So, one of the writing exercises in Clear Out the Static in Your Attic is to describe something in detail from your attic, whether real or metaphorical is kind of hazy.
I never lived anywhere where I had an attic, though. We never had an attic where we stored things when I was growing up. Wanted one, never had one. We had a basement, a room under the stairs, crawl spaces. No attics.
So, in doing this writing exercise I had to decide, should I describe the basement I do know, or the attic I don’t know? Is there a difference in how we store our memories? Whether in a mental basement or a mental attic?
My basement will always be the basement in the house on Pear Lane with the cool room beneath the stairs and the wall of shelves for canned goods, the large zinc sinks, the drain in the corner, and the cut out cupboard in the wall where Gramma kept her bulbs. My sister tells me there was a little spot on the wall where Grampa kept his guns behind chicken wire, but I don’t remember that. I figure I blocked that.
I guess what I’m saying then, in reading the above, is I’ve answered my own question. I don’t connect with an attic like I do a basement, so it’s best to use the basement.
The title of this chapter in the Clear the Static book was “Floorboards.” So, we’re supposed to describe the floorboards in the attic.
The floor in the basement was concrete, of course. It was painted gray in the main room with the zinc sinks, but there was green shag carpeting down the stairs and at the foot of the stairs and into Mom’s room. That’s all we had for carpet. My sister and I got the linoleum in our room. It was cream-colored with gold glitter in it and had these odd shaped star things in black and pink. My sister and I used to pretend they were spiders and we had to get around the room without touching them, which meant hopping about from door to bed to bed, and back again.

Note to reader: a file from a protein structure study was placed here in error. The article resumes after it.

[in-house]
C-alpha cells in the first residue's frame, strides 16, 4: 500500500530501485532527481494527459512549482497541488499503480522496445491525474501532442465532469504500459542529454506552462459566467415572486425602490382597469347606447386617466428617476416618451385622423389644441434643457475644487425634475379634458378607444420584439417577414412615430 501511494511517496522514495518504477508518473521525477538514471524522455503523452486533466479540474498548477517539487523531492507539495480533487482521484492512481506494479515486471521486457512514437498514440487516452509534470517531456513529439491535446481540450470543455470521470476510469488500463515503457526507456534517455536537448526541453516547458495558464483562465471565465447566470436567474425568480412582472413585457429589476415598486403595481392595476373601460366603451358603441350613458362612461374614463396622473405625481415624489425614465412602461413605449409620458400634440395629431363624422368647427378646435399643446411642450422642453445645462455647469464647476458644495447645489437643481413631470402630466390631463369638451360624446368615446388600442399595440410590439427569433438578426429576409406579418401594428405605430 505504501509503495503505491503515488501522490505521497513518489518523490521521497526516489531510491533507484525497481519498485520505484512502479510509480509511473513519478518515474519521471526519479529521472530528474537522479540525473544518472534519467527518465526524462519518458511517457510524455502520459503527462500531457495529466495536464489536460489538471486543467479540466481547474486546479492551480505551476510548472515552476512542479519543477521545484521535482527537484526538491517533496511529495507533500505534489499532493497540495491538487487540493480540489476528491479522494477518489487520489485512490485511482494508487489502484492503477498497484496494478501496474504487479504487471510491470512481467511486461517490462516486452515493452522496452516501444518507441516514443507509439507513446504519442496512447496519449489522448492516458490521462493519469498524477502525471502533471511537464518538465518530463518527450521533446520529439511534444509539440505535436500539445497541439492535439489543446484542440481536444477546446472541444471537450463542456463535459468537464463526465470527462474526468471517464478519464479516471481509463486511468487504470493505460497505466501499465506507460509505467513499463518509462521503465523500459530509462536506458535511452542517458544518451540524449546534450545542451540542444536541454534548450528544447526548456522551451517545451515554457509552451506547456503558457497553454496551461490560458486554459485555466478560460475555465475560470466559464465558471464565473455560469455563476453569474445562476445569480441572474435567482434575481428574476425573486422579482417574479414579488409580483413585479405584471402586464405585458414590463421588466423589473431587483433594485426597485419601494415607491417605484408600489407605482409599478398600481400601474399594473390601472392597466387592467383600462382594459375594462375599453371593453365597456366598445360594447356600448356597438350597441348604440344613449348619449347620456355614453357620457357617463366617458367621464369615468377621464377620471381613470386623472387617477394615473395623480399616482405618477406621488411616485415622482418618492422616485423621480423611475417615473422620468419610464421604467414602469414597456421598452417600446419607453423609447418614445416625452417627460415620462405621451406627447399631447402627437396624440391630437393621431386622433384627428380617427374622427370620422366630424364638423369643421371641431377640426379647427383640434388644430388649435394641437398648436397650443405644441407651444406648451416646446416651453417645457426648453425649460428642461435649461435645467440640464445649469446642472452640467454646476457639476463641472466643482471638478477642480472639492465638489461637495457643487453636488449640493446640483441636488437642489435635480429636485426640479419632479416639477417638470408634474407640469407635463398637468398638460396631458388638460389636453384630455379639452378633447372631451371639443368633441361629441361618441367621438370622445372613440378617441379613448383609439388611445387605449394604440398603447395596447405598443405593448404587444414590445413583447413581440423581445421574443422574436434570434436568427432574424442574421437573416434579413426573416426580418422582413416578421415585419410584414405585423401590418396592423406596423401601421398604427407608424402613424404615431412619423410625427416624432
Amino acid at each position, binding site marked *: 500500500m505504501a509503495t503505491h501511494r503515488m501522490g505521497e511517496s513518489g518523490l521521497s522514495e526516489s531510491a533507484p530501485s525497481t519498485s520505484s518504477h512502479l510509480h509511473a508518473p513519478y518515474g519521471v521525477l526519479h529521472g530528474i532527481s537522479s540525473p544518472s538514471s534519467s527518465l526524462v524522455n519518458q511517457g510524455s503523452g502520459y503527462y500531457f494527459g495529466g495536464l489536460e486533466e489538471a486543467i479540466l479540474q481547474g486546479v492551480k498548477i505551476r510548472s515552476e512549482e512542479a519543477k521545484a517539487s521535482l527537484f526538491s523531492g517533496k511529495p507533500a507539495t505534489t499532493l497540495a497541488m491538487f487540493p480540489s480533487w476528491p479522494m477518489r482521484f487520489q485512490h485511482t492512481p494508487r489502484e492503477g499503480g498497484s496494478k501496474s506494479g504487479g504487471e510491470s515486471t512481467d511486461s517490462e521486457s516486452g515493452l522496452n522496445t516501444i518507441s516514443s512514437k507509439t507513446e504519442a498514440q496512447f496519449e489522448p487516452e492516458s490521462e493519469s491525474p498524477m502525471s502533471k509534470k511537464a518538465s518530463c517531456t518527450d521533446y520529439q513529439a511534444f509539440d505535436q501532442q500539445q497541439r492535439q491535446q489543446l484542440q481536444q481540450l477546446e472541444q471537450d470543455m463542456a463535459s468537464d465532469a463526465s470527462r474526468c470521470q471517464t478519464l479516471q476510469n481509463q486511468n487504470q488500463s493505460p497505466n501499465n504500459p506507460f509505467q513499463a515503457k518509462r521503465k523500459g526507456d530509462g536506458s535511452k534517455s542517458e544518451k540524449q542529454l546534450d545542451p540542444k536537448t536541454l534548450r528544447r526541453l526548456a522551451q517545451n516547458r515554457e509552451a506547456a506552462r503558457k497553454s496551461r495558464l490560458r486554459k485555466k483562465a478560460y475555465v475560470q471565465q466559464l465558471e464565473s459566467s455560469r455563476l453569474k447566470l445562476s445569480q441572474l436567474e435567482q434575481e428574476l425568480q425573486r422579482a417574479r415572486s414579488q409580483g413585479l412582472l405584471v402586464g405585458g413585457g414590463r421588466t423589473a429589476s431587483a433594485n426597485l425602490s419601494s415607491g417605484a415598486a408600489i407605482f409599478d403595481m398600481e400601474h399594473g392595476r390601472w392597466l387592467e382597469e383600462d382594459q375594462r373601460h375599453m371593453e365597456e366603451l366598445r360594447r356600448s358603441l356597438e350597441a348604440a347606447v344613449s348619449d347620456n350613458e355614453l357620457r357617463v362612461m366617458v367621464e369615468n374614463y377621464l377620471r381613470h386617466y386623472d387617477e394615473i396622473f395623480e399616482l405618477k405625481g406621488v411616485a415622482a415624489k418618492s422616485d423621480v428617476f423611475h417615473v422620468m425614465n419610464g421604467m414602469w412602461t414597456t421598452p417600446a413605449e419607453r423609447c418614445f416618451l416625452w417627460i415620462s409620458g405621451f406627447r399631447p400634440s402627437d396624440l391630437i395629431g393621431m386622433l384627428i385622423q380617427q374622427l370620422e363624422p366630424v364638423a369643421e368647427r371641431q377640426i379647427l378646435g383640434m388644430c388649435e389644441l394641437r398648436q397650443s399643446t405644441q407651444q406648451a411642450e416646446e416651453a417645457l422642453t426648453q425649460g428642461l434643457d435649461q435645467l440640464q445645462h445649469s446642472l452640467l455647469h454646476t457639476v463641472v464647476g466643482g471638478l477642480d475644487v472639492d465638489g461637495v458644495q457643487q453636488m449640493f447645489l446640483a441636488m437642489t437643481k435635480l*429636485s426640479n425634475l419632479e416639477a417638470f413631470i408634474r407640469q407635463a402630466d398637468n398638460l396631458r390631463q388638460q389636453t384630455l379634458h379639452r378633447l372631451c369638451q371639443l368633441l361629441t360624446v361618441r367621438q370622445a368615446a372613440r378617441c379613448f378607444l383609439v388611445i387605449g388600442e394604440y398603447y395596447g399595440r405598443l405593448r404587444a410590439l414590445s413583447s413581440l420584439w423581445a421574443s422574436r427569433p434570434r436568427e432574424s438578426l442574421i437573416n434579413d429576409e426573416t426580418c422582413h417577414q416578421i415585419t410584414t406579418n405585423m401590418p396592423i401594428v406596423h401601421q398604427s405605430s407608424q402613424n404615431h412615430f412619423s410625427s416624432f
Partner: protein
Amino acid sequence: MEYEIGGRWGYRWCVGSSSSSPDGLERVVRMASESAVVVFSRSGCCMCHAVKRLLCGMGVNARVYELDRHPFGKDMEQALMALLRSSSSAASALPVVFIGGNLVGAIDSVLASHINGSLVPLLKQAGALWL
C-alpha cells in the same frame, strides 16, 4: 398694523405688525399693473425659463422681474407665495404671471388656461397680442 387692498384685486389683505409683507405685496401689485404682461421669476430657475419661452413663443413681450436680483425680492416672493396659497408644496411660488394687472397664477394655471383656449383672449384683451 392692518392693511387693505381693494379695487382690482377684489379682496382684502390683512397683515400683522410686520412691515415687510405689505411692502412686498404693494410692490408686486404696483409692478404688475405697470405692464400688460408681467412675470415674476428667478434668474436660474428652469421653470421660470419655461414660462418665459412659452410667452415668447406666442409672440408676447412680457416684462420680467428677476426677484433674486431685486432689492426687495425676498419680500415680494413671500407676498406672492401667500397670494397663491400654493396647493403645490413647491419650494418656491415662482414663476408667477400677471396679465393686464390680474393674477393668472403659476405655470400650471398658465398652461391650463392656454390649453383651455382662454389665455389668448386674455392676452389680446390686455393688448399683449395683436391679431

In the summer, when it was 108 degrees outside, the basement floor was nice and cool to the touch. But it was way too cold in the winter when we’d tiptoe across to brush our teeth in the zinc sinks so the grownups could have time in the real bathroom getting ready for work.
One of my favorite places in the basement was halfway up the stairs, just sitting there, sometimes reading a book. When I first learned about prayer, that was where I sat to pray, asking God for a crown, a robe, a scepter and a chest of jewels to arrive there by the time I came back to my favorite place on the stairs.
Gramma tried real hard not to laugh when she explained to me that’s not how prayer works.
Still, it was one of my favorite places in the basement.
The other favorite place was the little room beneath the stairs. It was always warm, all year round. It was where the hot water heater was, which was “new” and right next to the old hot water heater, or boiler, which was made of iron and had 1898 stamped across it. It was the room where the ironing board and iron were kept, always set up. It was where all the old games, knickknacks, toys, sewing supplies, fishing rods, and other oddments were stored. As far as I was concerned, it was a glorious room. A magical room. Down there was where the old Chinese checker game lived, alongside the 1,000 piece dragon puzzle. It was one of the places where I hid when things went wrong. I think of all the rooms in that little orchard house, that’s the room I miss the most.
Yeah, it’s not the attic that works for me. It’s the basement.